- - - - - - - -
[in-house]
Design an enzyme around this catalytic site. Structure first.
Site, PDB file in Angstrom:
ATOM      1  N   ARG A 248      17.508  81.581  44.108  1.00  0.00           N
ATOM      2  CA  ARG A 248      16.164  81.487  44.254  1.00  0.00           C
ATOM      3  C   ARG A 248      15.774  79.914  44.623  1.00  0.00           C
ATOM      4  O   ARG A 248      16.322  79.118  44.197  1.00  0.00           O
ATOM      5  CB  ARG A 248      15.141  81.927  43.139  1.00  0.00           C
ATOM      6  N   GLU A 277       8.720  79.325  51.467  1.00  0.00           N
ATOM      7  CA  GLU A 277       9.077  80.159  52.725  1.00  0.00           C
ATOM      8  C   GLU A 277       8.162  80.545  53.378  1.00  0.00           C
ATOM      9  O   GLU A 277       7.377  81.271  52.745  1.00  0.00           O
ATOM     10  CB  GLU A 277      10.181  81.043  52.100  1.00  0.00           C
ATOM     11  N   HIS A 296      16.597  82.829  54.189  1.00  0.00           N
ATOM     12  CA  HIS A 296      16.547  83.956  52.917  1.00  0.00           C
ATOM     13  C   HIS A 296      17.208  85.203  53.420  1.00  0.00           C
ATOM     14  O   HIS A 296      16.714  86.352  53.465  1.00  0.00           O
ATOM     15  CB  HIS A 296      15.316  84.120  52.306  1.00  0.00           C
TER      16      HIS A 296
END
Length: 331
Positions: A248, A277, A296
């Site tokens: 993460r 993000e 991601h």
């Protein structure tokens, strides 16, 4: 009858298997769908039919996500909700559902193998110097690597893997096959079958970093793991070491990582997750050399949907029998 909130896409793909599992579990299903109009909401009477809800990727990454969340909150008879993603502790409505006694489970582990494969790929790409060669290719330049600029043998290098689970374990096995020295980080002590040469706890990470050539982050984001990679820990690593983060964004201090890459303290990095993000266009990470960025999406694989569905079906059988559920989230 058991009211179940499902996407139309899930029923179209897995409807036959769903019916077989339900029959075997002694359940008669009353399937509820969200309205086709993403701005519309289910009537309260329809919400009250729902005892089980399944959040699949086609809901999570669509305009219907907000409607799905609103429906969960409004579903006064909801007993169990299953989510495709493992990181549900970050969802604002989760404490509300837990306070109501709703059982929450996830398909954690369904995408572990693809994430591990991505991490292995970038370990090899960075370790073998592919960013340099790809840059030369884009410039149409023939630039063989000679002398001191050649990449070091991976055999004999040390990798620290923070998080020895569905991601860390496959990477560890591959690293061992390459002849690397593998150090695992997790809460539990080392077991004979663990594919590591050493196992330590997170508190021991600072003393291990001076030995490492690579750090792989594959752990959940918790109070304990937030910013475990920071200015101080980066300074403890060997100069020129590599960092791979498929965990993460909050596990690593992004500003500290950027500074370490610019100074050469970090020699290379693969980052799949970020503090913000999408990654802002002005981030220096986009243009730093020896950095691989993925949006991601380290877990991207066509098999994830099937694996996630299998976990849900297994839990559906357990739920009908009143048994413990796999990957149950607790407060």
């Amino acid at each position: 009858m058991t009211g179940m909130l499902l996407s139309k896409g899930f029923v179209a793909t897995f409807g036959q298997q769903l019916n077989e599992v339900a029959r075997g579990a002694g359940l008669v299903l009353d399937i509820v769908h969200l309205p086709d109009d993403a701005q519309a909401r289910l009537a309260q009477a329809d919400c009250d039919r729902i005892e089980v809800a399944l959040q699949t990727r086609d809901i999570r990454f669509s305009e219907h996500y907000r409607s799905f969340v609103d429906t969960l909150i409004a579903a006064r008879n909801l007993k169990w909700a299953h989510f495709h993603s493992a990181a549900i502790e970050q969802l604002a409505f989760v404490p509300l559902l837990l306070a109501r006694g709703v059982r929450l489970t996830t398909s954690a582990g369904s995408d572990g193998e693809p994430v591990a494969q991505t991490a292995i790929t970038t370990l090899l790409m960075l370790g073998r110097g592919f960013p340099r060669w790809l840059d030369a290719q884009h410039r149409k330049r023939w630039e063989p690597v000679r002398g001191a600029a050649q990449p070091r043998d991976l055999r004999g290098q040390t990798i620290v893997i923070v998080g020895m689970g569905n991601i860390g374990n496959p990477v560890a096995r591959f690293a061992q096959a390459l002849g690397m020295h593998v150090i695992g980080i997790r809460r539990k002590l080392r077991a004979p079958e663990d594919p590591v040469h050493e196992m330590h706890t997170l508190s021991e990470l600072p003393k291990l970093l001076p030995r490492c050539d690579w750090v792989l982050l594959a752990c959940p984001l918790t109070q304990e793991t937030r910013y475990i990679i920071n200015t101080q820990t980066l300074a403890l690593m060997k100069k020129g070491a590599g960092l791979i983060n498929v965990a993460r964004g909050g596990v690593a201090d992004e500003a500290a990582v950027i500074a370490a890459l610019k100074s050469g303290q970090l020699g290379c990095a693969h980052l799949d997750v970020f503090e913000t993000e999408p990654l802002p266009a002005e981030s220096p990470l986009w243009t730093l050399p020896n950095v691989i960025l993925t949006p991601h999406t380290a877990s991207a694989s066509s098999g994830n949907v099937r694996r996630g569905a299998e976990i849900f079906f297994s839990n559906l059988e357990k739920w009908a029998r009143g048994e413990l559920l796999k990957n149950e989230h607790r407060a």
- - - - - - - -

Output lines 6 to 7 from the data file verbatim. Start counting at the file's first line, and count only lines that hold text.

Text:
ATOM      3  C   ARG A 248      15.774  79.914  44.623  1.00  0.00           C
ATOM      4  O   ARG A 248      16.322  79.118  44.197  1.00  0.00           O